Being one of the oldest restaurants in the world is no small feat — neither is being the establishment that popularised the use of the fork. These are both claims confidently made by.
Opened in 1582 on a location between the River Seine and the Bernardins monastery, this establishment became very fashionable among aristocrats and royalty — kings and their courts frequented the restaurant for elaborate feasts that featured whole ox and Heron paté. During these early years, La Tour d’Argent served the wild ducks that lived by the Seine, a favourite dish of King Henry III. The duck eventually became the speciality of the house.
In 1890, owner Frederic Delair put La Tour d’Argent’s duck on the global map when he created a new ritual, lending each duck its very own number when served. Known as Canard au Sang, or pressed duck (a complex dish, comprising duck served in a sauce of its blood and bone marrow), the dish is still the restaurant’s best-known dish, with numbers still climbing well past the one-million mark in 2003.
The restaurant was acquired in 1910 by André Terrail. He maintained its culinary traditions but sought to further upgrade the restaurant with a modernised façade, new recipes and the beginnings of what would become La Tour d’Argent’s famous wine cellar. He later moved the restaurant to the sixth floor of the building, further increasing its popularity with a stunning view that overlooks the river and Notre Dame. La Tour d’Argent continued to garner countless accolades, including three stars from the Michelin Guide.
With a history spanning more than 400 years, La Tour d’Argent also survived World War I and II. During World War II, Claude Terrail (André Terrail’s son) not only served in the armed forces, but saved the wine cellar from being purged by the occupying Germans by walling up the enormous cellar that contained a majority of its prized rare vintages.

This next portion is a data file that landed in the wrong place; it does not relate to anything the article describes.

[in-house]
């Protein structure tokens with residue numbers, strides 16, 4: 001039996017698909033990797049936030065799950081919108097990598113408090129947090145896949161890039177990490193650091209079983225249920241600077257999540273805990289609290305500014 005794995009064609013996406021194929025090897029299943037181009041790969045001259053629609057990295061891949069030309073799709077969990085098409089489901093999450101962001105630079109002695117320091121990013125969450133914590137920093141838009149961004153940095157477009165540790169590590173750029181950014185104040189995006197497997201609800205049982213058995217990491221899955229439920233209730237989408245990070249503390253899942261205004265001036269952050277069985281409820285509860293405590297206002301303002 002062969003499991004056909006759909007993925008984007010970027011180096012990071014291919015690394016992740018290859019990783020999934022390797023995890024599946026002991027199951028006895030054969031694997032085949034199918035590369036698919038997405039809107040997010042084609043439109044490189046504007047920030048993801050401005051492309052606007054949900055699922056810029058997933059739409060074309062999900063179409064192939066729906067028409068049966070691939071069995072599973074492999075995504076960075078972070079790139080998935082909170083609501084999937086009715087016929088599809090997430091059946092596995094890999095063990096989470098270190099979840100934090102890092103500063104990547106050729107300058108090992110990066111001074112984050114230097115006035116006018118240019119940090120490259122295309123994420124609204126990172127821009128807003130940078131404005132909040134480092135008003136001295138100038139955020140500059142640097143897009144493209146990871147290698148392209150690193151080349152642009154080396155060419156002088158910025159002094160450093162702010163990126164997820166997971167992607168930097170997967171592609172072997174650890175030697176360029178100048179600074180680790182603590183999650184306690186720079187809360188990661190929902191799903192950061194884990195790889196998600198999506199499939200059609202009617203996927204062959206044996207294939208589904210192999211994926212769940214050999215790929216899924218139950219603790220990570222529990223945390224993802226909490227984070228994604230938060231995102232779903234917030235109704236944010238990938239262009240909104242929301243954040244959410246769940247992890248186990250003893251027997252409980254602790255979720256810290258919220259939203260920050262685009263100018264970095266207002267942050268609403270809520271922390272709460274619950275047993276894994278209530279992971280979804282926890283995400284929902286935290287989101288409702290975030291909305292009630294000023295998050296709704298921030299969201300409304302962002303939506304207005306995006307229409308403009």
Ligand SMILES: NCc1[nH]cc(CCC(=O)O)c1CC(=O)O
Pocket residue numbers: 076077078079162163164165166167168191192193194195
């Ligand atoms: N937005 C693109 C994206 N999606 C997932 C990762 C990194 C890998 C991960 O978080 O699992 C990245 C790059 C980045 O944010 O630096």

Over the course of the ownership of Claude Terrail, the restaurant was recognised as one of the most fashionable in the world and regularly entertained Hollywood stars of the time such as Marilyn Monroe and Charlie Chaplin. The identity of La Tour d’Argent had become synonymous with Claude Terrail’s elegant flair and lively personality. The brand later expanded with the addition of a new boutique, a 'Petit Musée de la Table' and a sister restaurant located in Tokyo’s Hotel New Otani (which opened in 1984).
After Claude Terrail’s passing in 2006, his son André inheritedat the young age of 26. The establishment was without Claude’s outstanding persona and it dropped to one Michelin star. This was a period when naysayers were doubting the restaurant’s ability to survive. The story behind Disney Pixar movie Ratatouille was in part inspired by La Tour d’Argent. Yet, like the animated film, the third-generation owner and his restaurants have not only survived, but are thriving. Both restaurants in Paris and Tokyo continue to entertain royalty and contemporary celebrities, such as the Japanese emperor Hirohito, actress Angelina Jolie and actor Brad Pitt.
The current owner commands the restaurant with a deliberately subtle demeanour. While La Tour d’Argent has maintained its classics, the past few years under André Terrail and current chef Laurent Delarbre have marked a new evolution. There are also changes and upgrades in store that the Terrails of the past may have balked at — but keeping up with modernity while preserving the brand’s spirit is the 400-year-old secret of La Tour d’Argent.